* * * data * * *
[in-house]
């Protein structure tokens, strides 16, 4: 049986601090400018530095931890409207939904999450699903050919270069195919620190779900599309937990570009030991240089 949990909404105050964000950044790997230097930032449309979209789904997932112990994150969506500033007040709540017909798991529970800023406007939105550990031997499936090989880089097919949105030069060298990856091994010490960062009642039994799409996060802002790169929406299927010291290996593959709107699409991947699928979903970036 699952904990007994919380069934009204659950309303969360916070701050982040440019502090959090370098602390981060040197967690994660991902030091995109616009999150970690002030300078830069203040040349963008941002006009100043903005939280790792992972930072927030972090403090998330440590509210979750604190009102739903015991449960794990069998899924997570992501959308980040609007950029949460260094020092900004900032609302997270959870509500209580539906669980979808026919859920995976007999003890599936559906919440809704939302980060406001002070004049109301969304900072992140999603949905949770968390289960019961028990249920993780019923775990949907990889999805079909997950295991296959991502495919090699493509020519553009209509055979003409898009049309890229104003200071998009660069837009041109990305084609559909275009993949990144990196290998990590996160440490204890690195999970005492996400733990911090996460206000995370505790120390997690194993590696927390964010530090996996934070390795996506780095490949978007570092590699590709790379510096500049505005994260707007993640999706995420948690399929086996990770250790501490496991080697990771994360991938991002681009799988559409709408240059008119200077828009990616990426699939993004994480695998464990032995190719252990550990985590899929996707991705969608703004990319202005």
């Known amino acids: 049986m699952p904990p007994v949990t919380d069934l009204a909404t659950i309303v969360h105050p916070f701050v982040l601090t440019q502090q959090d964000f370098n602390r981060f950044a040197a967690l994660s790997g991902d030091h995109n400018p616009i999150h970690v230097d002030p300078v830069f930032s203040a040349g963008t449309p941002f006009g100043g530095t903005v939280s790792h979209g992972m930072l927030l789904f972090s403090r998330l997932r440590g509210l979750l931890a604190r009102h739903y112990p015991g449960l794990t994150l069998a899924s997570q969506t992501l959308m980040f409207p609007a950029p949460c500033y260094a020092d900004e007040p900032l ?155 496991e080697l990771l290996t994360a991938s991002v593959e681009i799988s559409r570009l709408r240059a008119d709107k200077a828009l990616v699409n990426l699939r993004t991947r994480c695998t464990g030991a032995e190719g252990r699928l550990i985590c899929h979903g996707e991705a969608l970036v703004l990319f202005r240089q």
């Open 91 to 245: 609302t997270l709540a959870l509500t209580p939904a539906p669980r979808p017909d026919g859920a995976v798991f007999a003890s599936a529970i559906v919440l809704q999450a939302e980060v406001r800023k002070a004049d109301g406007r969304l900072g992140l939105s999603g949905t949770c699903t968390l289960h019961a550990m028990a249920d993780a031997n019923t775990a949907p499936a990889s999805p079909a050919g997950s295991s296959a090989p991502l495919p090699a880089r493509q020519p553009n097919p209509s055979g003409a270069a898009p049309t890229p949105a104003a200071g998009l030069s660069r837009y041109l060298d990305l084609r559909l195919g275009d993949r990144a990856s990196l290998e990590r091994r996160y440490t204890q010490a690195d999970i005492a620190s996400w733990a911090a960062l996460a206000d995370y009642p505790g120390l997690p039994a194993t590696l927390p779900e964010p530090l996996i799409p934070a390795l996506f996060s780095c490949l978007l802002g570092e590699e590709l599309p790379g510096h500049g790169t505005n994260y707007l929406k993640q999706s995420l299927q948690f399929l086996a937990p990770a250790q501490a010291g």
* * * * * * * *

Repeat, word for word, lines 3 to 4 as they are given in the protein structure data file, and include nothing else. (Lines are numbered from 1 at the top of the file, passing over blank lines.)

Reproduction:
């Known amino acids: 049986m699952p904990p007994v949990t919380d069934l009204a909404t659950i309303v969360h105050p916070f701050v982040l601090t440019q502090q959090d964000f370098n602390r981060f950044a040197a967690l994660s790997g991902d030091h995109n400018p616009i999150h970690v230097d002030p300078v830069f930032s203040a040349g963008t449309p941002f006009g100043g530095t903005v939280s790792h979209g992972m930072l927030l789904f972090s403090r998330l997932r440590g509210l979750l931890a604190r009102h739903y112990p015991g449960l794990t994150l069998a899924s997570q969506t992501l959308m980040f409207p609007a950029p949460c500033y260094a020092d900004e007040p900032l ?155 496991e080697l990771l290996t994360a991938s991002v593959e681009i799988s559409r570009l709408r240059a008119d709107k200077a828009l990616v699409n990426l699939r993004t991947r994480c695998t464990g030991a032995e190719g252990r699928l550990i985590c899929h979903g996707e991705a969608l970036v703004l990319f202005r240089q």
């Open 91 to 245: 609302t997270l709540a959870l509500t209580p939904a539906p669980r979808p017909d026919g859920a995976v798991f007999a003890s599936a529970i559906v919440l809704q999450a939302e980060v406001r800023k002070a004049d109301g406007r969304l900072g992140l939105s999603g949905t949770c699903t968390l289960h019961a550990m028990a249920d993780a031997n019923t775990a949907p499936a990889s999805p079909a050919g997950s295991s296959a090989p991502l495919p090699a880089r493509q020519p553009n097919p209509s055979g003409a270069a898009p049309t890229p949105a104003a200071g998009l030069s660069r837009y041109l060298d990305l084609r559909l195919g275009d993949r990144a990856s990196l290998e990590r091994r996160y440490t204890q010490a690195d999970i005492a620190s996400w733990a911090a960062l996460a206000d995370y009642p505790g120390l997690p039994a194993t590696l927390p779900e964010p530090l996996i799409p934070a390795l996506f996060s780095c490949l978007l802002g570092e590699e590709l599309p790379g510096h500049g790169t505005n994260y707007l929406k993640q999706s995420l299927q948690f399929l086996a937990p990770a250790q501490a010291g």